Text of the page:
Climbing

DESERT RUSTLE

The sun’s last rays light the dome as if from within. Above us tower 300 feet of deep-orange granite painted green with lichen. Below, three pitches down, the desert surrounding Cochise Stronghold stretches into a blue haze. Long shadows reach across the wall, pulling us into darkness. We four—Krista, a journalist; Len, a professor and climbing advocate; the guide Aaron Mike; and the photographer Gabriel Ellison-Scowcroft—don headlamps and keep climbing. As we gain the ledge on the fourth pitch of Sheepshead dome’s five-pitch Ewephoria (5.8) where we’ll bivy, the stars brighten. The long moo of a cow echoes off the rock.

Cochise Stronghold’s domes tower above a seemingly inhospitable landscape in southern Arizona. The cacti, agave, and yucca are what’s left after millions of years of evolution, the most resilient species of the bunch. But the only human footprints are from visitors; the original inhabitants—the ancestors of the O’odham peoples who lived here for thousands of years, and more recently the Chiricahua Apache—are now displaced across reservations. The great Chiricahua Apache leader Cochise took refuge here as both the US and Mexican armies hunted his people. In 1886, his fellow tribe members would become the last Native Americans to surrender and end the “Indian Wars”—systemic efforts by the US government to subdue and forcibly displace indigenous people in the West.

From a distance, Cochise Stronghold appears two-dimensional. The rounded domes rise from spotty forest cover as if in a painting. But up close the scene unfolds into a mind-bending display of angles, textures, and shadows. It’s easy to imagine why the Chiricahua took refuge here. “A better natural fortress would be difficult to find,” says a 1956 report by the US Geological Survey. The Stronghold provided water, shade, and shelter for the Chiricahua deep in its hidden valleys for more than six decades of armed conflict between Apache bands and the US Army. This period, the Apache Wars (1849–1886), proceeded the cession of territory from Mexico after the Mexican-American War. This had led to the building of US Army forts and a significant influx of American settlers who saw opportunities for livestock, agriculture, and mining once the Apaches were removed. In 1886, the US Army implemented a surge of 5,000 infantry to wear down the Apache, resulting in the surrender of Geronimo, who led the Chiricahua after Cochise’s death in 1874, and around 40 of his followers after the Chiricahua finally departed the Stronghold.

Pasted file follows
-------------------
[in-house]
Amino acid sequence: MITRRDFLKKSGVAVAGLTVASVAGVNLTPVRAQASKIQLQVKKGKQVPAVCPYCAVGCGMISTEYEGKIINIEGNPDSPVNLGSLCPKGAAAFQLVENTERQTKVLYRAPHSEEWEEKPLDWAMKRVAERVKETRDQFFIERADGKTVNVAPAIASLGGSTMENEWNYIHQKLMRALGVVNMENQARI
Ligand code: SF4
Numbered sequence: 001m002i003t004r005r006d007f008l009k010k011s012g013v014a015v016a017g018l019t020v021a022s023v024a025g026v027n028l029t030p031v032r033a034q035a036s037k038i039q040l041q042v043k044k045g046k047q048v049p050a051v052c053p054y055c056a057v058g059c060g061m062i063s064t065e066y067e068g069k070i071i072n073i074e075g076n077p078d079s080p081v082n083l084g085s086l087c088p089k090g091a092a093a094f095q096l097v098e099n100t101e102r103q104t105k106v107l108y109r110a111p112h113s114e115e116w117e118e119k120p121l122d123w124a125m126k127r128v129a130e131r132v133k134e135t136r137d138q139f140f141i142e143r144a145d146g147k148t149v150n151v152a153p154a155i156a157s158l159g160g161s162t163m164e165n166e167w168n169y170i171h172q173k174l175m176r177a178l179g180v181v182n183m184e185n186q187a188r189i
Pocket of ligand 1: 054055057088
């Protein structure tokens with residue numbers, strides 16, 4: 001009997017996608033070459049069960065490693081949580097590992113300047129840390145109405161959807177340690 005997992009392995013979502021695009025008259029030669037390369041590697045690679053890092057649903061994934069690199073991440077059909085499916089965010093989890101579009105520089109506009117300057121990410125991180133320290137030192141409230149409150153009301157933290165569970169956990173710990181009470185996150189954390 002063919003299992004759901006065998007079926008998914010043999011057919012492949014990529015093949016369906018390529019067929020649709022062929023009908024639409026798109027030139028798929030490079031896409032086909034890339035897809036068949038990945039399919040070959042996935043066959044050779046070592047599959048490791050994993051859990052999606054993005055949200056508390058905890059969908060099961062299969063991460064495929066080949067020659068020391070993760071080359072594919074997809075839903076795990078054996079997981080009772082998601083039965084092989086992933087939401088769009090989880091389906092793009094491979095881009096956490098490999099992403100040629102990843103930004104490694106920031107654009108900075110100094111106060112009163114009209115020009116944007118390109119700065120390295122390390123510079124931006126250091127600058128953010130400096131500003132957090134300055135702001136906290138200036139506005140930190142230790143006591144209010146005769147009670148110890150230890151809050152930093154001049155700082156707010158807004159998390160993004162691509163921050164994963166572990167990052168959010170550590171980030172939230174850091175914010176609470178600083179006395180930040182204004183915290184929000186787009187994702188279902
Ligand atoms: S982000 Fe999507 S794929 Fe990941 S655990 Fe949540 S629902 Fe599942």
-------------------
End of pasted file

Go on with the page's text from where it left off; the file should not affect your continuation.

Before the Apache Wars, the desert “sky islands” served as waypoints and settlements

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